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Business Travelers Often Skip The Rental Car, Use Uber Instead

Jan 21, 2016
Originally published on January 21, 2016 3:21 pm

Business travelers increasingly are relying on Uber and other ride-hailing services, often more than car rentals or taxis, according to new data.

Say you land at Chicago O'Hare International Airport. You've got a work meeting 20 minutes away. You might head to the rental desk to pick up a car. Or, you might call an Uber instead.

"More transactions coming through our system are in Uber than there were in all the rental car transactions," says Bob Neveu, CEO of Certify, a company that businesses use to book travel and track receipts.

Certify analyzed millions of client transactions, and in the last quarter of 2015 Uber represented 41 percent of total rides, rental cars 39 percent and taxis 20 percent. (The analysis does not include Lyft rides, which grew more than 700 percent over the last year but is still a fairly small portion, according to Certify data.)

"So if you think about it as a simple popularity contest, Uber is much more popular than using rental cars or taxis," Neveu says.

While ride hailing has put some cabs completely out of business, Neveu doesn't think rental cars face the same fate. "There's always going to be a need for that marketplace when you have to drive longer distances, farther away," he says.

Technology analyst Alexandra Samuel says the car rental industry needs to catch up: People don't want to be locked into a reservation days in advance. They want convenience (an app that knows your credit card number, not a form that makes you type it); they want to write emails in the car.

Samuel says incumbent companies — take Hertz, for example — should consider offering rentals that come with drivers. And she asks, "Why do I have to go to a Hertz parking lot and pre-book and make sure there's a car there? Why can't I just use a Hertz app and find a Hertz car anywhere in the city?"

Automakers are moving in that direction. General Motors plans to announce Thursday that it's rolling out a new car rental service called Maven, starting in Ann Arbor, Mich., where customers can use smartphones to reserve nearby cars and get in without keys.

Earlier this month, Lyft announced a new partnership with General Motors that includes a new service for Lyft drivers to rent vehicles, instead of using their own.

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DAVID GREENE, HOST:

And we are learning more about why ridesharing companies like Uber and Lyft are so popular. There's new data suggesting that suits - professional people - are relying on these services heavily - so heavily, in fact, it's becoming the new normal, as NPR's Aarti Shahani reports.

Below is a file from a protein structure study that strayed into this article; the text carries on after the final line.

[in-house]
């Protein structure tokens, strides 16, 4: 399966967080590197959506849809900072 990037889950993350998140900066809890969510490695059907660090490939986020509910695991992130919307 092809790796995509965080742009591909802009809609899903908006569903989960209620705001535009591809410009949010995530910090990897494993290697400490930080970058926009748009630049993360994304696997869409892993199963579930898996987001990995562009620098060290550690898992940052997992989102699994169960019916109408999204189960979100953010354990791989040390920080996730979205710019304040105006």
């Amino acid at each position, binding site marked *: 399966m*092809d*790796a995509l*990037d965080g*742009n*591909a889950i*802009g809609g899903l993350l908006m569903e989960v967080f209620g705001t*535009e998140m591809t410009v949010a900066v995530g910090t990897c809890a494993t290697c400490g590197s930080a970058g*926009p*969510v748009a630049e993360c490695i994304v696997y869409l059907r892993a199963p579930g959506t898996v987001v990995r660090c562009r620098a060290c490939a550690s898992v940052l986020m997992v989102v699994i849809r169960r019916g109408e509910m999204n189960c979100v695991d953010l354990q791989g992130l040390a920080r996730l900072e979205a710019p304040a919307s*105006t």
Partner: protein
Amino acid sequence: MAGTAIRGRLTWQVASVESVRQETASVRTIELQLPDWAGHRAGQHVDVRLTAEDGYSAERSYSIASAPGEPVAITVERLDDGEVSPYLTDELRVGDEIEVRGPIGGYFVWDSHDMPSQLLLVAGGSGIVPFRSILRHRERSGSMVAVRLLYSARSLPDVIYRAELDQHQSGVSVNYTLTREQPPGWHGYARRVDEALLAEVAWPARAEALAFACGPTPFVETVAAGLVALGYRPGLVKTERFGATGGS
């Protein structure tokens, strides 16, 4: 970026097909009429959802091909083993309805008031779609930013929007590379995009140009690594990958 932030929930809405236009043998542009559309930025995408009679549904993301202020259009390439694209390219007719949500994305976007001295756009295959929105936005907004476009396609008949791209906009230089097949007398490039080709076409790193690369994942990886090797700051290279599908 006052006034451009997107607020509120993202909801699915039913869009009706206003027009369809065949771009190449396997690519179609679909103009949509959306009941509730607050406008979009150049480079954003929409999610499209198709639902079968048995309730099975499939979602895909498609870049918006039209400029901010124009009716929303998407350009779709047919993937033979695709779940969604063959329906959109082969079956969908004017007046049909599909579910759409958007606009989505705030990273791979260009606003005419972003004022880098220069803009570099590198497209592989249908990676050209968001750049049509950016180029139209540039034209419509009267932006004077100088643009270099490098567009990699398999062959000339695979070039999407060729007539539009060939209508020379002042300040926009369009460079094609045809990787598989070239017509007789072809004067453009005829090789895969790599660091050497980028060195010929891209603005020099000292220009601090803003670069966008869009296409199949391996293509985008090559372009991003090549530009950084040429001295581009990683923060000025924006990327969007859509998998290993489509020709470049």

AARTI SHAHANI, BYLINE: A new normal, as in replacing an old normal. Say you landed at O'Hare Airport - Chicago. You've got a work meeting twenty minutes away. You might head to the rental desk to pick up a car, or you might call an Uber instead.

ROBERT NEVEU: More transactions coming through our system are in Uber than there were in all the rental car transactions.

SHAHANI: Bob Neveu is CEO of Certify, a company that businesses use to book travel and track receipts.

NEVEU: So if you think about it, it's a simple popularity contest. Uber is much more popular than using rental cars or taxis.

SHAHANI: Certify has analyzed millions of client transactions. That's all business travel. And in the last quarter of 2015, rental cars were 39 percent of total rides, compared to Uber, which was 41 percent - two points more. Taxis lag behind at 20 percent. While ride hailing has put some yellow cabs completely out of business, Neveu doesn't think that rental cars face the same dark fate.

NEVEU: There's always going to be a need for that marketplace when you have to drive longer distances, further away.

SHAHANI: Technology analyst Alexandra Samuel says the rental car industry needs to catch up. People don't want to be locked into a reservation days in advance. They want convenience - an app that knows your credit card number, not a form that makes you type it in. They want to write emails in the car. Samuel says incumbent companies - take Hertz, for example - they should consider offering rentals that come with drivers. And she asks...

ALEXANDRA SAMUEL: Why do I have to go to Hertz parking lot and pre-book and make sure there's a car there? Why can't I just use a Hertz app and find a Hertz car anywhere in the city?

SHAHANI: Automakers are moving in that direction. Today, General Motors announces they're rolling out a new car rental service called Maven, starting in Ann Arbor, Mich., where customers can use smartphones to reserve nearby cars and get in without keys. Aarti Shahani, NPR News. Transcript provided by NPR, Copyright NPR.